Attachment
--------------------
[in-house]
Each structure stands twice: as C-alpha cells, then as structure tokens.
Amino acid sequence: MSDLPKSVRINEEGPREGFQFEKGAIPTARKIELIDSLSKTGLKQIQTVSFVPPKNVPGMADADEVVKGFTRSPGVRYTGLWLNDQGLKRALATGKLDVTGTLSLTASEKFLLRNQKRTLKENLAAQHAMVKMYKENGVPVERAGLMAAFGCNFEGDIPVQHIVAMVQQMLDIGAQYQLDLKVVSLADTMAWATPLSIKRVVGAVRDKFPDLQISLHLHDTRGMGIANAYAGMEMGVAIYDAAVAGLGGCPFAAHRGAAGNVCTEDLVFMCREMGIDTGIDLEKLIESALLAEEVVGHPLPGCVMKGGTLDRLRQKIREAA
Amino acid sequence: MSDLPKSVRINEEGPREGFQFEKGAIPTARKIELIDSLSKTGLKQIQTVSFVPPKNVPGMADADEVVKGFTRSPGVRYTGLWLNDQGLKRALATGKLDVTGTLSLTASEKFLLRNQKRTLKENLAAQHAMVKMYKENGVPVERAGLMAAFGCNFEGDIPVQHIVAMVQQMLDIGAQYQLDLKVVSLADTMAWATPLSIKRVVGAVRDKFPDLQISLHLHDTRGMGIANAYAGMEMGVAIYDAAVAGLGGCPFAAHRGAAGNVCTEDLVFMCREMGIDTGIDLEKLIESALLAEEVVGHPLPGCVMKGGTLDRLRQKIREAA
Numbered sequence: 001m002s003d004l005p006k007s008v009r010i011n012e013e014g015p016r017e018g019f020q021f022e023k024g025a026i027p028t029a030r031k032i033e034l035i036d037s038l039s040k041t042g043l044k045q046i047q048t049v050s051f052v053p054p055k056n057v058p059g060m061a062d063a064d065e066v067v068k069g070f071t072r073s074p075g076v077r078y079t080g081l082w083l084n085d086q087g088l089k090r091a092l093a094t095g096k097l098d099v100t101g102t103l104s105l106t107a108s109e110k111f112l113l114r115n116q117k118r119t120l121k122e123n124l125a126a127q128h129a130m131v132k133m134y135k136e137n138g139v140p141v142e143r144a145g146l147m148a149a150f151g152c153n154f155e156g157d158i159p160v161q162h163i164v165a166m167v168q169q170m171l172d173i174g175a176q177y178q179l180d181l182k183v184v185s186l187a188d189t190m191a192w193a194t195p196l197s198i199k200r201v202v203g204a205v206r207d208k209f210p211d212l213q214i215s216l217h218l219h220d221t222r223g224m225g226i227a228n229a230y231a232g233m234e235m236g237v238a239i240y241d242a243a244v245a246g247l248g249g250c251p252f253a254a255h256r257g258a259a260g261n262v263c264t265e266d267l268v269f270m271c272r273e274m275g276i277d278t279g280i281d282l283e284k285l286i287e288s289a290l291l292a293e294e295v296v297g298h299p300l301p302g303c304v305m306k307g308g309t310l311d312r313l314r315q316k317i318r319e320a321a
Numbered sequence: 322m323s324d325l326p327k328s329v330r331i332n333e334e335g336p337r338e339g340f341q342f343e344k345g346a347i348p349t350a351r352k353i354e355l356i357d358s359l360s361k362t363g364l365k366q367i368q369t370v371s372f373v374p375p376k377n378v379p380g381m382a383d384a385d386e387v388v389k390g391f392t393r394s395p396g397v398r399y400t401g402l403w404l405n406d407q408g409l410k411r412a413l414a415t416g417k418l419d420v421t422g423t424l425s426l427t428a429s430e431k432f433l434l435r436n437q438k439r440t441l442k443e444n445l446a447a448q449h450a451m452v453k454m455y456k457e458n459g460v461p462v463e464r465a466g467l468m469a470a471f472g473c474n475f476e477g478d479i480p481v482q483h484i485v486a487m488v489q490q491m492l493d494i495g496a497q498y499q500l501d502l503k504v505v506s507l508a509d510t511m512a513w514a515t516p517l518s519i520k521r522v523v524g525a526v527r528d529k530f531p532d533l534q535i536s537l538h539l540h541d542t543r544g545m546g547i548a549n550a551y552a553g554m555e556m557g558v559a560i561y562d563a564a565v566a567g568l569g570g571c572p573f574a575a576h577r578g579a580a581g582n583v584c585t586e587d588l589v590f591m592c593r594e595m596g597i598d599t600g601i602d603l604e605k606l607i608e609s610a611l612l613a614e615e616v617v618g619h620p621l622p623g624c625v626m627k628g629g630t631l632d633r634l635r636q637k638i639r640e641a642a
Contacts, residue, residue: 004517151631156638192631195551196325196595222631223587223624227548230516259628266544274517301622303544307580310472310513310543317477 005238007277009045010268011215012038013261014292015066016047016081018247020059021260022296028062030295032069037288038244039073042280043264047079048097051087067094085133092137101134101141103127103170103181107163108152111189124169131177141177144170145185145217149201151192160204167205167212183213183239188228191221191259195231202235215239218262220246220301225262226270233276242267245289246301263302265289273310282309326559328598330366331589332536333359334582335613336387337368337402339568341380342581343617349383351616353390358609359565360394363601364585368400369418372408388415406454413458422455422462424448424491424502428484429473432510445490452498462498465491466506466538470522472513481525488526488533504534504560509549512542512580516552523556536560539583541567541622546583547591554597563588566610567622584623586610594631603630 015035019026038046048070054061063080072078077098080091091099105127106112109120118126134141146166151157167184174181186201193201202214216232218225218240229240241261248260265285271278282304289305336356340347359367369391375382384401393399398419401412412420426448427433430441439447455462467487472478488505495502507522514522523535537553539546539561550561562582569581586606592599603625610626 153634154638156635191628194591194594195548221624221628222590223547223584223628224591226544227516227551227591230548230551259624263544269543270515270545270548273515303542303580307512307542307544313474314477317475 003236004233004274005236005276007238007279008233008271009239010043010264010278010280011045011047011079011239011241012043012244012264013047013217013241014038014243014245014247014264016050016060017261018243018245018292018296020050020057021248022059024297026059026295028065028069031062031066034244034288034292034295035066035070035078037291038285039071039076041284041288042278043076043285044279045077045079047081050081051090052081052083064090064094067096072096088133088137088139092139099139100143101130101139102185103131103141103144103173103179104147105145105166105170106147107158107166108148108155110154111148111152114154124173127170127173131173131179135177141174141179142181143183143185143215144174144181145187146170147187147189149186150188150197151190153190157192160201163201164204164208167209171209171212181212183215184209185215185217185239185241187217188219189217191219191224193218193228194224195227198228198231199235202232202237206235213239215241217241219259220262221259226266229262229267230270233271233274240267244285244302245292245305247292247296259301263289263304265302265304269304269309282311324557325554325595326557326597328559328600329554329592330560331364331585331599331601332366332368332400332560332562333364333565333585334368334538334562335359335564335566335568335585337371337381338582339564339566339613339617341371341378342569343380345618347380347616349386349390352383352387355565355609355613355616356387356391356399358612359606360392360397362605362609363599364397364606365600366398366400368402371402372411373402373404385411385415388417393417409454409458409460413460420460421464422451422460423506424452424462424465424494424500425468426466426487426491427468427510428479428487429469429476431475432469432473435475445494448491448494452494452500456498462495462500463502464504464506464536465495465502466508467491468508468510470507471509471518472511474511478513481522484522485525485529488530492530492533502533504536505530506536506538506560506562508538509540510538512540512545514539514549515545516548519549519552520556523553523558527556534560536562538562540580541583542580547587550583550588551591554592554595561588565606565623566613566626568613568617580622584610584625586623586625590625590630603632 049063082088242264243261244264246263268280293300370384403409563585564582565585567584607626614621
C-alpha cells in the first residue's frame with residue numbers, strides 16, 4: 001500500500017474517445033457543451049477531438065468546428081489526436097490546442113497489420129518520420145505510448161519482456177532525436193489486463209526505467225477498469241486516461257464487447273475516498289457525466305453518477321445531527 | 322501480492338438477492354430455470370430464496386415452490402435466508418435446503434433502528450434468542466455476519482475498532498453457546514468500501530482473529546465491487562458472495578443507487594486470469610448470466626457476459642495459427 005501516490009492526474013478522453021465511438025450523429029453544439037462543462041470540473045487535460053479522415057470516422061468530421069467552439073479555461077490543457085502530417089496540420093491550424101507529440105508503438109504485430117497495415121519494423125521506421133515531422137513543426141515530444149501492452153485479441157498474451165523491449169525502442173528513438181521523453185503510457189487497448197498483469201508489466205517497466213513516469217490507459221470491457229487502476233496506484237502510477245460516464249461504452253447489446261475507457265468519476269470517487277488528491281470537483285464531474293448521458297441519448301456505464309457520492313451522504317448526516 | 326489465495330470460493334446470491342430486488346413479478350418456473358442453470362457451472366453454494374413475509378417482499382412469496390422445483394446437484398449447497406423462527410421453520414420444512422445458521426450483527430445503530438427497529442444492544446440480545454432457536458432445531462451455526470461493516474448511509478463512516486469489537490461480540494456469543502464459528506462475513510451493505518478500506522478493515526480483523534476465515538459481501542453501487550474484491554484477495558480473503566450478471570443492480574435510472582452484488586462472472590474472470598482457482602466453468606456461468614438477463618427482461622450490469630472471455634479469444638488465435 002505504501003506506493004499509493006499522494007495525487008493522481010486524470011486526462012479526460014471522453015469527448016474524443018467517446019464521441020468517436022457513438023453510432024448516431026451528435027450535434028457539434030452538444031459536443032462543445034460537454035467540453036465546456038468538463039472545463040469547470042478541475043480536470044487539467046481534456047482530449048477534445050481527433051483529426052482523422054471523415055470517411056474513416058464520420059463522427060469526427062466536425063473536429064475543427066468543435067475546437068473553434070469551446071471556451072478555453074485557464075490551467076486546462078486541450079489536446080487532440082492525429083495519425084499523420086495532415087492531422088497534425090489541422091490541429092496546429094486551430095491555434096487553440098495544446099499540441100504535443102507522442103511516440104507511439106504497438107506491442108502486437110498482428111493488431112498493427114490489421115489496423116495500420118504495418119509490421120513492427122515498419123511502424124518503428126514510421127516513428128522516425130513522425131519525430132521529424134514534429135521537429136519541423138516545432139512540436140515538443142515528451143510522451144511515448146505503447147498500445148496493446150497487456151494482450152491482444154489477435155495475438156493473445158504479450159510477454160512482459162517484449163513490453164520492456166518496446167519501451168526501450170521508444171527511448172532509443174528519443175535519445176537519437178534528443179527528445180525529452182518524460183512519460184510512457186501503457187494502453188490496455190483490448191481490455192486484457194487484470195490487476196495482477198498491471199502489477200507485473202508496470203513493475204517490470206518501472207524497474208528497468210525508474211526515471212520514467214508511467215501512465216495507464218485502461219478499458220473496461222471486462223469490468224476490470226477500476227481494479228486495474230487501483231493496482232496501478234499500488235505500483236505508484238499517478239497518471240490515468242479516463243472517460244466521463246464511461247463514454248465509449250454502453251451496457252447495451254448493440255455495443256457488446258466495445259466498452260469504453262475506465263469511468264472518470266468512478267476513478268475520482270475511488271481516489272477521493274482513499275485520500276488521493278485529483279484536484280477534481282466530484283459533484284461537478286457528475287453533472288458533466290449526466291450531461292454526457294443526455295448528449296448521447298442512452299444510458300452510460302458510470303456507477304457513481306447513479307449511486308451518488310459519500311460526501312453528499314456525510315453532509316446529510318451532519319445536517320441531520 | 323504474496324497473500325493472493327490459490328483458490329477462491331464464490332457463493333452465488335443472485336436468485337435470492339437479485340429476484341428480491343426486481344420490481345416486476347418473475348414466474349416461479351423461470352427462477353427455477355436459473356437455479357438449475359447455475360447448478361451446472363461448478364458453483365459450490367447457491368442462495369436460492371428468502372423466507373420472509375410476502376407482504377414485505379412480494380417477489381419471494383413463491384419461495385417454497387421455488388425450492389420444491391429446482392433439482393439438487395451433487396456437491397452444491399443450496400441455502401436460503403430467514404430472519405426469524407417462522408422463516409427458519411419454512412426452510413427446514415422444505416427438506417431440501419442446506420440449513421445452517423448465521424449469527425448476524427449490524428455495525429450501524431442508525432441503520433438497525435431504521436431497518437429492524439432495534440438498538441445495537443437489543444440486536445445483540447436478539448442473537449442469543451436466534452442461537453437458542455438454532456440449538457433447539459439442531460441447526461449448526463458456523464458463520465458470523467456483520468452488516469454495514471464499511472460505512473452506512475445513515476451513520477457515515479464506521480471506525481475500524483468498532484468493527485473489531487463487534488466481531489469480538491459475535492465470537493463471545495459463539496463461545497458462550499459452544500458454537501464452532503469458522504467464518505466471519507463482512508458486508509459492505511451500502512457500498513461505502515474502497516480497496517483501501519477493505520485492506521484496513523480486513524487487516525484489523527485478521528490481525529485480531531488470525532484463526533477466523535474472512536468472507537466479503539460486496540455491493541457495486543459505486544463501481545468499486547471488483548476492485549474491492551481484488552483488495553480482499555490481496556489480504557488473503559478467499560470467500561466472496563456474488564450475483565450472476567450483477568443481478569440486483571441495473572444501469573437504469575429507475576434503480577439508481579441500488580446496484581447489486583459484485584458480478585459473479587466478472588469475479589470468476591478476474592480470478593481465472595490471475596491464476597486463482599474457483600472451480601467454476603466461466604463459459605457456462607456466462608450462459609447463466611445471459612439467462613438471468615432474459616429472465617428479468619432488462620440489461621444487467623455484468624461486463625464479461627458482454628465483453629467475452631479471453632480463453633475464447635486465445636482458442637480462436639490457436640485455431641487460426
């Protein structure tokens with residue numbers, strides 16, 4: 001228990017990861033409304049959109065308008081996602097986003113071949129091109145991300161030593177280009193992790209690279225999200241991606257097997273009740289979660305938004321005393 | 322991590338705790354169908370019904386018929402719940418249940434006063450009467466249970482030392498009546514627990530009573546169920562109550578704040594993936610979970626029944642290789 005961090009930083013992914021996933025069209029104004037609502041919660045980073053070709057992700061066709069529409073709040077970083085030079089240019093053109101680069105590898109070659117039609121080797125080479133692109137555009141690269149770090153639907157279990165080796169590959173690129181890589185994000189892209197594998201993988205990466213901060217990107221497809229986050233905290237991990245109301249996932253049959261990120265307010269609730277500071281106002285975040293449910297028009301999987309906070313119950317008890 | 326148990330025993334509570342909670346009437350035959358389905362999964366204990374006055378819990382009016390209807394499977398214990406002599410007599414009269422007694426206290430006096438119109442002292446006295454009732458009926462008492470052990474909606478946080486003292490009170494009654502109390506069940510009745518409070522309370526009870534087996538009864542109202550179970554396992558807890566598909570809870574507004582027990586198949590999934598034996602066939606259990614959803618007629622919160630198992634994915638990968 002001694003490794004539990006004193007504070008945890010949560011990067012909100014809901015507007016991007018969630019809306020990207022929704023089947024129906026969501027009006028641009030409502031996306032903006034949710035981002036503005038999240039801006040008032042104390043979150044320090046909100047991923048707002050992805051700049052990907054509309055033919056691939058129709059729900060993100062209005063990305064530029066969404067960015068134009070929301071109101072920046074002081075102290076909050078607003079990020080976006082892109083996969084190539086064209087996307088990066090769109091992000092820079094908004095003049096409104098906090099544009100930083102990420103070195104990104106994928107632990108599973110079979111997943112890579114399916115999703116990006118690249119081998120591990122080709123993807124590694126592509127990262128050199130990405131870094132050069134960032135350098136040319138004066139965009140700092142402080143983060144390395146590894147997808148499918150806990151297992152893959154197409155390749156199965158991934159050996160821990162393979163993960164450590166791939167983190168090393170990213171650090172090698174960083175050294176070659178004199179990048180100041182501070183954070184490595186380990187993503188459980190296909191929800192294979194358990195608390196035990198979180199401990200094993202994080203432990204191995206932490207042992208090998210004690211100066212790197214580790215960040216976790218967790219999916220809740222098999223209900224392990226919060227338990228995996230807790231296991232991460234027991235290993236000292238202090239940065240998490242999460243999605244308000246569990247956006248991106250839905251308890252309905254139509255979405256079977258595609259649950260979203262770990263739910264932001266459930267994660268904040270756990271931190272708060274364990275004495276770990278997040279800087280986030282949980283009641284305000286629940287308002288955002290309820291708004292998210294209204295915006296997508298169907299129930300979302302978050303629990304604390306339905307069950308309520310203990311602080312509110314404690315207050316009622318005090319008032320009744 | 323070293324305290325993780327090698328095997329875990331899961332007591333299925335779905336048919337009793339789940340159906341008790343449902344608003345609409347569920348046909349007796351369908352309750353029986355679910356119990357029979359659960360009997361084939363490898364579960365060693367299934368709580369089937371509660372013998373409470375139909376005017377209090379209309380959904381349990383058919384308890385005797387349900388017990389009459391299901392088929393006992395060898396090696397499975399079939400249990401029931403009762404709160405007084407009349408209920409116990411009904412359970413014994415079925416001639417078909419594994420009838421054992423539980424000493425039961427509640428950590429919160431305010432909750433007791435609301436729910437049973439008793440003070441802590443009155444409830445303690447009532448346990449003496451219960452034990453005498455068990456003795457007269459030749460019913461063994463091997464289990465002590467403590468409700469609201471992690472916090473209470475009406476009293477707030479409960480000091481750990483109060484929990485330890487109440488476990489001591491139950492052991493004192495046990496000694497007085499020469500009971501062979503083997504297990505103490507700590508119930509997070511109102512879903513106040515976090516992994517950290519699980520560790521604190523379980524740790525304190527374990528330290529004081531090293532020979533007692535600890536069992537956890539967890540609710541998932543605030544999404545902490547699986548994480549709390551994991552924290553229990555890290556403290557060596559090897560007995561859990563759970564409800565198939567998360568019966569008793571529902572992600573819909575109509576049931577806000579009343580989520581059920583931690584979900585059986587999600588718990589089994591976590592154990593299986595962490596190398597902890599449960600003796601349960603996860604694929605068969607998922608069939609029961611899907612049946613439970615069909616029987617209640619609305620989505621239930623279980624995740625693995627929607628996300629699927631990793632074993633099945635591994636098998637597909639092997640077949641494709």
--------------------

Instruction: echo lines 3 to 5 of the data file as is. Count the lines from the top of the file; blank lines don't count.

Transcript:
Amino acid sequence: MSDLPKSVRINEEGPREGFQFEKGAIPTARKIELIDSLSKTGLKQIQTVSFVPPKNVPGMADADEVVKGFTRSPGVRYTGLWLNDQGLKRALATGKLDVTGTLSLTASEKFLLRNQKRTLKENLAAQHAMVKMYKENGVPVERAGLMAAFGCNFEGDIPVQHIVAMVQQMLDIGAQYQLDLKVVSLADTMAWATPLSIKRVVGAVRDKFPDLQISLHLHDTRGMGIANAYAGMEMGVAIYDAAVAGLGGCPFAAHRGAAGNVCTEDLVFMCREMGIDTGIDLEKLIESALLAEEVVGHPLPGCVMKGGTLDRLRQKIREAA
Amino acid sequence: MSDLPKSVRINEEGPREGFQFEKGAIPTARKIELIDSLSKTGLKQIQTVSFVPPKNVPGMADADEVVKGFTRSPGVRYTGLWLNDQGLKRALATGKLDVTGTLSLTASEKFLLRNQKRTLKENLAAQHAMVKMYKENGVPVERAGLMAAFGCNFEGDIPVQHIVAMVQQMLDIGAQYQLDLKVVSLADTMAWATPLSIKRVVGAVRDKFPDLQISLHLHDTRGMGIANAYAGMEMGVAIYDAAVAGLGGCPFAAHRGAAGNVCTEDLVFMCREMGIDTGIDLEKLIESALLAEEVVGHPLPGCVMKGGTLDRLRQKIREAA
Numbered sequence: 001m002s003d004l005p006k007s008v009r010i011n012e013e014g015p016r017e018g019f020q021f022e023k024g025a026i027p028t029a030r031k032i033e034l035i036d037s038l039s040k041t042g043l044k045q046i047q048t049v050s051f052v053p054p055k056n057v058p059g060m061a062d063a064d065e066v067v068k069g070f071t072r073s074p075g076v077r078y079t080g081l082w083l084n085d086q087g088l089k090r091a092l093a094t095g096k097l098d099v100t101g102t103l104s105l106t107a108s109e110k111f112l113l114r115n116q117k118r119t120l121k122e123n124l125a126a127q128h129a130m131v132k133m134y135k136e137n138g139v140p141v142e143r144a145g146l147m148a149a150f151g152c153n154f155e156g157d158i159p160v161q162h163i164v165a166m167v168q169q170m171l172d173i174g175a176q177y178q179l180d181l182k183v184v185s186l187a188d189t190m191a192w193a194t195p196l197s198i199k200r201v202v203g204a205v206r207d208k209f210p211d212l213q214i215s216l217h218l219h220d221t222r223g224m225g226i227a228n229a230y231a232g233m234e235m236g237v238a239i240y241d242a243a244v245a246g247l248g249g250c251p252f253a254a255h256r257g258a259a260g261n262v263c264t265e266d267l268v269f270m271c272r273e274m275g276i277d278t279g280i281d282l283e284k285l286i287e288s289a290l291l292a293e294e295v296v297g298h299p300l301p302g303c304v305m306k307g308g309t310l311d312r313l314r315q316k317i318r319e320a321a